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Roanoke council votes to remove Robert E. Lee memorial; public hearing set for Aug. 17
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Roanoke council votes to remove Robert E. Lee memorial; public hearing set for Aug. 17

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The memorial to Robert E. Lee has stood in Lee Plaza since 1960, when it was dedicated by the local United Daughters of the Confederacy chapter during a statewide UDC convention.

The Roanoke City Council on Monday began the process of removing the memorial marker to Robert E. Lee from downtown Roanoke.

The council unanimously approved a resolution to remove the 60-year-old granite shaft from Lee Plaza. The memorial to the Virginia-born Confederate general has stood just off Third Street Southwest since October 1960, when it was dedicated by a Roanoke chapter of the United Daughters of the Confederacy.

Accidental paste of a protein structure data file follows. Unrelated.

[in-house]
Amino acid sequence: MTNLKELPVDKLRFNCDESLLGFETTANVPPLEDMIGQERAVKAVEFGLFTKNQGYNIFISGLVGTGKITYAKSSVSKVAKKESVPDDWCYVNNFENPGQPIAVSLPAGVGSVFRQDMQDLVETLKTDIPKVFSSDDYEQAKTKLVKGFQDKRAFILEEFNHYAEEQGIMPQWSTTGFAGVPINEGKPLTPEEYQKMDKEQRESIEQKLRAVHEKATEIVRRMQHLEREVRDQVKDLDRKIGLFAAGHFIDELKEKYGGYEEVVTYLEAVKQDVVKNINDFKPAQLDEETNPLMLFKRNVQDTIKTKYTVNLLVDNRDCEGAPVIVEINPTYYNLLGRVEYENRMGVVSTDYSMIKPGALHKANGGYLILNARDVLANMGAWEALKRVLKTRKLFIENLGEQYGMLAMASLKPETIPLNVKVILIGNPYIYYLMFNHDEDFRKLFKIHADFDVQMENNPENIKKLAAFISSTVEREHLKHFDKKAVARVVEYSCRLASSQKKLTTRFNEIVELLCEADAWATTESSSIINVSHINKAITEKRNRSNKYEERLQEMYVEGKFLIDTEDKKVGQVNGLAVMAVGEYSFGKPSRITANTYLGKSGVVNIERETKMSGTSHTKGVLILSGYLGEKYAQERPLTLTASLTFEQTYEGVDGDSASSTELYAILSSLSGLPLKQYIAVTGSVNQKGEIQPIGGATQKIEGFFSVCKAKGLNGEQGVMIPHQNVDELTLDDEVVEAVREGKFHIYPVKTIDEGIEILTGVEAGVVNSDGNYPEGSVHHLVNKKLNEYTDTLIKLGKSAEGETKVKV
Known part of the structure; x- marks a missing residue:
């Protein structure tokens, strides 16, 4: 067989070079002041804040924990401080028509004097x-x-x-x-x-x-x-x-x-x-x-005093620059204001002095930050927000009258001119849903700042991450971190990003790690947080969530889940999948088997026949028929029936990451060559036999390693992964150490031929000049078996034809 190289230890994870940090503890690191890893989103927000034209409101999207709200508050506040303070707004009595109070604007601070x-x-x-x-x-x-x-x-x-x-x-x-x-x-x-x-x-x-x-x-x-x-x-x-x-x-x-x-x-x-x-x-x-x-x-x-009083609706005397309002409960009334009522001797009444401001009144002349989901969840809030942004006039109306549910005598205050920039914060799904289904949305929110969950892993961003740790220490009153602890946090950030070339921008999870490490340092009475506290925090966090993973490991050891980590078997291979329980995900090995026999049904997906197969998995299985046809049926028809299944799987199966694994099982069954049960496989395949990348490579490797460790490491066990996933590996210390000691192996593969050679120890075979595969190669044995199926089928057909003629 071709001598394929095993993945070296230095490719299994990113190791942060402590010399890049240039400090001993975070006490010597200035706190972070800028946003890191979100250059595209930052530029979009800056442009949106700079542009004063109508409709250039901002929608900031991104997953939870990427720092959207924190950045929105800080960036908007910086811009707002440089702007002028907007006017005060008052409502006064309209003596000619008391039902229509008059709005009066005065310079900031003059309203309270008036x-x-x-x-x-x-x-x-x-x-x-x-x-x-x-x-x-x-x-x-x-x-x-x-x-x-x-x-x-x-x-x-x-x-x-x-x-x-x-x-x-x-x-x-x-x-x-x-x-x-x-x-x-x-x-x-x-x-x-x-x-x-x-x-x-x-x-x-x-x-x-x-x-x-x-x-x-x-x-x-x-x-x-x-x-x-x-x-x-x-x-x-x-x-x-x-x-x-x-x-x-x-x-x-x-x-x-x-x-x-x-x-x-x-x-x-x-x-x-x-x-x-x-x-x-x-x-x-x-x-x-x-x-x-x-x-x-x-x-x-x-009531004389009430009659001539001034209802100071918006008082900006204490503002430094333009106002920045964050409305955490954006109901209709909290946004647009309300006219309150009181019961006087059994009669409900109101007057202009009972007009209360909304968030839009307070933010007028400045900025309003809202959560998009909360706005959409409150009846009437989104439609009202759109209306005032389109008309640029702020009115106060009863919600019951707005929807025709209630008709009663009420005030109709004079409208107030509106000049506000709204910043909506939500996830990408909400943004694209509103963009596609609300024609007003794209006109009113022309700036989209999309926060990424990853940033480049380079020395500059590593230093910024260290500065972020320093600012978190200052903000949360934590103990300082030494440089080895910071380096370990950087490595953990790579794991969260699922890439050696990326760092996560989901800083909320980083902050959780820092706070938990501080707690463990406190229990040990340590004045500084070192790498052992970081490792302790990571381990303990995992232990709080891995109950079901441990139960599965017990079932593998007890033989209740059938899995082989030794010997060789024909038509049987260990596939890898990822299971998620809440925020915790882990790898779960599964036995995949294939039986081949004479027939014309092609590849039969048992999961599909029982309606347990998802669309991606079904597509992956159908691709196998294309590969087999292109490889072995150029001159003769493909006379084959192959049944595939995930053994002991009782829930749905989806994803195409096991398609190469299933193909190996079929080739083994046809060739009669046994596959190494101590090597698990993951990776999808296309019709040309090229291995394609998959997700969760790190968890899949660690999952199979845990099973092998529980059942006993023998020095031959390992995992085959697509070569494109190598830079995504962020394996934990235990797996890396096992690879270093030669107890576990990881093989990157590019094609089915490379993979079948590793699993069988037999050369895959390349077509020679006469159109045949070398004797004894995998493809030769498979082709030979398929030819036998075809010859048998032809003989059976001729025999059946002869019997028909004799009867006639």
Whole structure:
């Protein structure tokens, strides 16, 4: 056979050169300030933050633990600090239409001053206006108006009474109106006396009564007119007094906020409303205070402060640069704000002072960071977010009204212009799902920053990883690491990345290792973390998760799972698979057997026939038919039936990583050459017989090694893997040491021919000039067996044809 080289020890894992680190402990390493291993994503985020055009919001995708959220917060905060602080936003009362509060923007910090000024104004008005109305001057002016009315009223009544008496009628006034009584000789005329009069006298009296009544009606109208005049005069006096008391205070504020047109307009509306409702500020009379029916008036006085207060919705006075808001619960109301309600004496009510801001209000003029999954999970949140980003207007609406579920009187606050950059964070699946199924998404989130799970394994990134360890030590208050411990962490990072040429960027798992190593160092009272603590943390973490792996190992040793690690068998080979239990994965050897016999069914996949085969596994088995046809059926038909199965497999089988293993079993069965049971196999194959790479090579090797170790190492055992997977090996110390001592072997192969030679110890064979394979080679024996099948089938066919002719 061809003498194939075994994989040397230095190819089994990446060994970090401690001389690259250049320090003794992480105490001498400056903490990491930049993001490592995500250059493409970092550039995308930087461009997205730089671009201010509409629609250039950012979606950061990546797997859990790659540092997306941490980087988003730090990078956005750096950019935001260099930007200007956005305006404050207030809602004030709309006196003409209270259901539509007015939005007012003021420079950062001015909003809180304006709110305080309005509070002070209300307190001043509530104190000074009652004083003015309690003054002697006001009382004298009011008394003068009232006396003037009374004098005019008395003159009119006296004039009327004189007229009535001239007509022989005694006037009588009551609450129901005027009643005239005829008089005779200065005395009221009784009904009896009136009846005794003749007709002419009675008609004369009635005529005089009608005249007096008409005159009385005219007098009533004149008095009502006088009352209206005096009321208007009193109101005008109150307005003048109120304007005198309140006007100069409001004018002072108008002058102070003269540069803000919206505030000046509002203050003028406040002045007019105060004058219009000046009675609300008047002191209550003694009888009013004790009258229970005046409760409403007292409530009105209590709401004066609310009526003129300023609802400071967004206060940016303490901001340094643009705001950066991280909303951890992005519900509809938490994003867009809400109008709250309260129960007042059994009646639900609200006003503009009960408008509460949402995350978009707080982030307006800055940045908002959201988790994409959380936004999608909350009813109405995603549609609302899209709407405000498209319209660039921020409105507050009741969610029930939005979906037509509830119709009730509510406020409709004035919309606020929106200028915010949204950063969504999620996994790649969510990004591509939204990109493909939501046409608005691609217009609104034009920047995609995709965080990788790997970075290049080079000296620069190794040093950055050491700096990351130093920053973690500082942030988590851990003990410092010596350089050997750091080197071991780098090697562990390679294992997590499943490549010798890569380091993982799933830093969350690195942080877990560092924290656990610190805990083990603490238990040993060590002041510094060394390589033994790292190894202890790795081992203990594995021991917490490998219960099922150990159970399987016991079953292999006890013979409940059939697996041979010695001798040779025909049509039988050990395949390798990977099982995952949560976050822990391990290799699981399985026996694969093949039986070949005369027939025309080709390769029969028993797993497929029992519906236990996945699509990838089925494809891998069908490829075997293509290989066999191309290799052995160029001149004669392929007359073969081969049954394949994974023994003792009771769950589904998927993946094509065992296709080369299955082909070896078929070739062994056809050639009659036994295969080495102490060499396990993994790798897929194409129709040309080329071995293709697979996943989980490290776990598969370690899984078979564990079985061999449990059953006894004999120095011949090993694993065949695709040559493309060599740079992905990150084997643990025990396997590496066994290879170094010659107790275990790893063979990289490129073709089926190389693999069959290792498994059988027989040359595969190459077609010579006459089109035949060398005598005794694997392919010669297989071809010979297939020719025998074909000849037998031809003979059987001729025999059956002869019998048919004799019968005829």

Monuments to the Confederacy have long been polarizing throughout the South, but state law did not allow for removal by localities. That all changed July 1 when a new law passed by Democratic majorities in the General Assembly and signed by Gov. Ralph Northam went into effect that gives local governing bodies the ability to remove war memorial statues and markers.

Monday’s resolution begins a process that will take at least two months before the Lee memorial will be removed from its current spot. According to the new law, the council must give 30 days’ notice of a public hearing, which will be held Aug. 17. (The resolution was amended after it was noted that the original draft included the incorrect date.)

Following the public hearing, the council must wait another 30 days as it considers possible offers to accept the memorial from museums, battlefields or other organizations. After that, if the council remains committed to getting rid of the Lee memorial, removal could begin sometime after mid-September.